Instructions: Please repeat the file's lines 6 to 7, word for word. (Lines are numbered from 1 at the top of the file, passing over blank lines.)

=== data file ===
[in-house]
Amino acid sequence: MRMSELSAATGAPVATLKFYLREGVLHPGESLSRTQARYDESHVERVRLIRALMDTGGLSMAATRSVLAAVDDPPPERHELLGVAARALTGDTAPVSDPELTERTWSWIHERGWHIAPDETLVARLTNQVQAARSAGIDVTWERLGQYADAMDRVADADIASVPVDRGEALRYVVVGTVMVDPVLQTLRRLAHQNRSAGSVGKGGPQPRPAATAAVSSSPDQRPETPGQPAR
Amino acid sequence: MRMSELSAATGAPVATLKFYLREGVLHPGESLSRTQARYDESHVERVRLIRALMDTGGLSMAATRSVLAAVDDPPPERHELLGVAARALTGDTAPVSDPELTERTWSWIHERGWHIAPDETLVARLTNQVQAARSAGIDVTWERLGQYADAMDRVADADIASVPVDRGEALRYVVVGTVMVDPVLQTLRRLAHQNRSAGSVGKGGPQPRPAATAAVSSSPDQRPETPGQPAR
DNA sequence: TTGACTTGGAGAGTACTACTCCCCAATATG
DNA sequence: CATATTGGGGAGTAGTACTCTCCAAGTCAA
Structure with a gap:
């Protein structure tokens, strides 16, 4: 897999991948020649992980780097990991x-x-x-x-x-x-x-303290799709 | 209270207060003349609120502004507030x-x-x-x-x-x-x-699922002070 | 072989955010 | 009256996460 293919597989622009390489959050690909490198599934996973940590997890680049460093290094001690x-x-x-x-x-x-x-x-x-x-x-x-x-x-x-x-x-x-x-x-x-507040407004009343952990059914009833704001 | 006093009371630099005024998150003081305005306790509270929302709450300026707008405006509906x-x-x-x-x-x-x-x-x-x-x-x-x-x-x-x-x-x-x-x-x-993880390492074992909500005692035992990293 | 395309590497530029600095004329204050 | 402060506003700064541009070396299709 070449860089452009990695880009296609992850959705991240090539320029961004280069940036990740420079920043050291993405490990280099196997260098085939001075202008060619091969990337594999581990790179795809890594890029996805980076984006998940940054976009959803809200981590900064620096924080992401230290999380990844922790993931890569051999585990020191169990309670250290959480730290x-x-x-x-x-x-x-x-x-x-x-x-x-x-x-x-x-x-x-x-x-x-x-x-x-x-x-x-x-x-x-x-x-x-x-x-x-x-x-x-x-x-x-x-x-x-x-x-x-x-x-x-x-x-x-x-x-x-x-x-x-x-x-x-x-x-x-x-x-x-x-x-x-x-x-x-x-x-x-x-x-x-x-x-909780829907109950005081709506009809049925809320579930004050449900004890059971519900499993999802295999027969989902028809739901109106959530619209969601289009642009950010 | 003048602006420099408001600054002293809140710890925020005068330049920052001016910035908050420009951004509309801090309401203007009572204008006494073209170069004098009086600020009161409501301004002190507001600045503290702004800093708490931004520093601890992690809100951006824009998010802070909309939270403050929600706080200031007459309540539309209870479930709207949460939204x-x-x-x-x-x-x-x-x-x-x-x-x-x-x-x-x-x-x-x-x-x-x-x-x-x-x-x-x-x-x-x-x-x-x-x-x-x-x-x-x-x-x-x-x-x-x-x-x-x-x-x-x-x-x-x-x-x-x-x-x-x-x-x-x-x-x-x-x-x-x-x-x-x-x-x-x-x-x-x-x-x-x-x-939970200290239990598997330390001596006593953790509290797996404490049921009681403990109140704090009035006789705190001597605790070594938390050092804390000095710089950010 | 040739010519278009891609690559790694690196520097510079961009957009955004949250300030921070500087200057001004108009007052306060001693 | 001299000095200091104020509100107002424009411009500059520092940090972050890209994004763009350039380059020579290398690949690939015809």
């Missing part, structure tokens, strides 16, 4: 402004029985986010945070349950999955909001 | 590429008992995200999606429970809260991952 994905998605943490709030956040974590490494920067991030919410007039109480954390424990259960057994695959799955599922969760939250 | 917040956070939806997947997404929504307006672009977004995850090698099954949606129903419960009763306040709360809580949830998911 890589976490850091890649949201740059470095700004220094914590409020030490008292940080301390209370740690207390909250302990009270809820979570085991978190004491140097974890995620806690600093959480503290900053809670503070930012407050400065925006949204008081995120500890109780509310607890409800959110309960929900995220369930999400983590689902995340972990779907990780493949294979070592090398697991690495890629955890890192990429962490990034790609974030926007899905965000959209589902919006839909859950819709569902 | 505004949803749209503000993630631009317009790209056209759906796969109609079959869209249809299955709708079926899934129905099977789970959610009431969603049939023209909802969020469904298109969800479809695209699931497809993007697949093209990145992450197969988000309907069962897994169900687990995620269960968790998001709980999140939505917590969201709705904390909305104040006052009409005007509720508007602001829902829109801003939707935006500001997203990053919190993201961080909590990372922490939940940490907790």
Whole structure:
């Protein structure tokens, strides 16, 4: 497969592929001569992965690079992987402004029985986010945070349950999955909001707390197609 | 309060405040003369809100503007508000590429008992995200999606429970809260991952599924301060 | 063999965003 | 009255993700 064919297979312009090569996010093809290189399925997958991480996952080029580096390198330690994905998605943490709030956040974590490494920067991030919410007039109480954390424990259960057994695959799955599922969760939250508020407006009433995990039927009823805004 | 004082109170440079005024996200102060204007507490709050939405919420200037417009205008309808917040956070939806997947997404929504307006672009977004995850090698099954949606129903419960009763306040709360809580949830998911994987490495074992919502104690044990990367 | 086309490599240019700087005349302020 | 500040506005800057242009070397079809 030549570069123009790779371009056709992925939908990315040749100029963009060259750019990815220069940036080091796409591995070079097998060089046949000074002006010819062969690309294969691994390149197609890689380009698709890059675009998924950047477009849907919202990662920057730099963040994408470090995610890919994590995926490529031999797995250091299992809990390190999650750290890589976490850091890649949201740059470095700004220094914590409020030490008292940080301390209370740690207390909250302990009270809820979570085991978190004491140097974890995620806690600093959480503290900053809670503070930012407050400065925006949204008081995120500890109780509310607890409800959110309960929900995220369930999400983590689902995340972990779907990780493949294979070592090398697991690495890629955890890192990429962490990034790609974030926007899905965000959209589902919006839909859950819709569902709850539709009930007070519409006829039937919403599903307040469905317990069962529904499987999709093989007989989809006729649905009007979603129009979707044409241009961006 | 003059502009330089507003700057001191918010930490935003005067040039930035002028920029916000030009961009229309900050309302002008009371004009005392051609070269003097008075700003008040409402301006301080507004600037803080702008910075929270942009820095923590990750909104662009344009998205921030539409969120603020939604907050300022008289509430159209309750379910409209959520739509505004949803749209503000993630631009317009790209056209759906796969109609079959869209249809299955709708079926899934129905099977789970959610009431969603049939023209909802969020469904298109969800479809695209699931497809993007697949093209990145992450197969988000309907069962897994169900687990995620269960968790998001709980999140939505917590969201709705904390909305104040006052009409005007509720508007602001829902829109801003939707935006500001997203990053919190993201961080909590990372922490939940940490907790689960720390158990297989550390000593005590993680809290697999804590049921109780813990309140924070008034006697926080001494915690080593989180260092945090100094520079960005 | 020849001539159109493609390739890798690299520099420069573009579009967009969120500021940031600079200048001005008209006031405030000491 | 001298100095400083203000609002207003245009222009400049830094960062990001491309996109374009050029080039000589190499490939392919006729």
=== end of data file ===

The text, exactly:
Structure with a gap:
């Protein structure tokens, strides 16, 4: 897999991948020649992980780097990991x-x-x-x-x-x-x-303290799709 | 209270207060003349609120502004507030x-x-x-x-x-x-x-699922002070 | 072989955010 | 009256996460 293919597989622009390489959050690909490198599934996973940590997890680049460093290094001690x-x-x-x-x-x-x-x-x-x-x-x-x-x-x-x-x-x-x-x-x-507040407004009343952990059914009833704001 | 006093009371630099005024998150003081305005306790509270929302709450300026707008405006509906x-x-x-x-x-x-x-x-x-x-x-x-x-x-x-x-x-x-x-x-x-993880390492074992909500005692035992990293 | 395309590497530029600095004329204050 | 402060506003700064541009070396299709 070449860089452009990695880009296609992850959705991240090539320029961004280069940036990740420079920043050291993405490990280099196997260098085939001075202008060619091969990337594999581990790179795809890594890029996805980076984006998940940054976009959803809200981590900064620096924080992401230290999380990844922790993931890569051999585990020191169990309670250290959480730290x-x-x-x-x-x-x-x-x-x-x-x-x-x-x-x-x-x-x-x-x-x-x-x-x-x-x-x-x-x-x-x-x-x-x-x-x-x-x-x-x-x-x-x-x-x-x-x-x-x-x-x-x-x-x-x-x-x-x-x-x-x-x-x-x-x-x-x-x-x-x-x-x-x-x-x-x-x-x-x-x-x-x-x-909780829907109950005081709506009809049925809320579930004050449900004890059971519900499993999802295999027969989902028809739901109106959530619209969601289009642009950010 | 003048602006420099408001600054002293809140710890925020005068330049920052001016910035908050420009951004509309801090309401203007009572204008006494073209170069004098009086600020009161409501301004002190507001600045503290702004800093708490931004520093601890992690809100951006824009998010802070909309939270403050929600706080200031007459309540539309209870479930709207949460939204x-x-x-x-x-x-x-x-x-x-x-x-x-x-x-x-x-x-x-x-x-x-x-x-x-x-x-x-x-x-x-x-x-x-x-x-x-x-x-x-x-x-x-x-x-x-x-x-x-x-x-x-x-x-x-x-x-x-x-x-x-x-x-x-x-x-x-x-x-x-x-x-x-x-x-x-x-x-x-x-x-x-x-x-939970200290239990598997330390001596006593953790509290797996404490049921009681403990109140704090009035006789705190001597605790070594938390050092804390000095710089950010 | 040739010519278009891609690559790694690196520097510079961009957009955004949250300030921070500087200057001004108009007052306060001693 | 001299000095200091104020509100107002424009411009500059520092940090972050890209994004763009350039380059020579290398690949690939015809």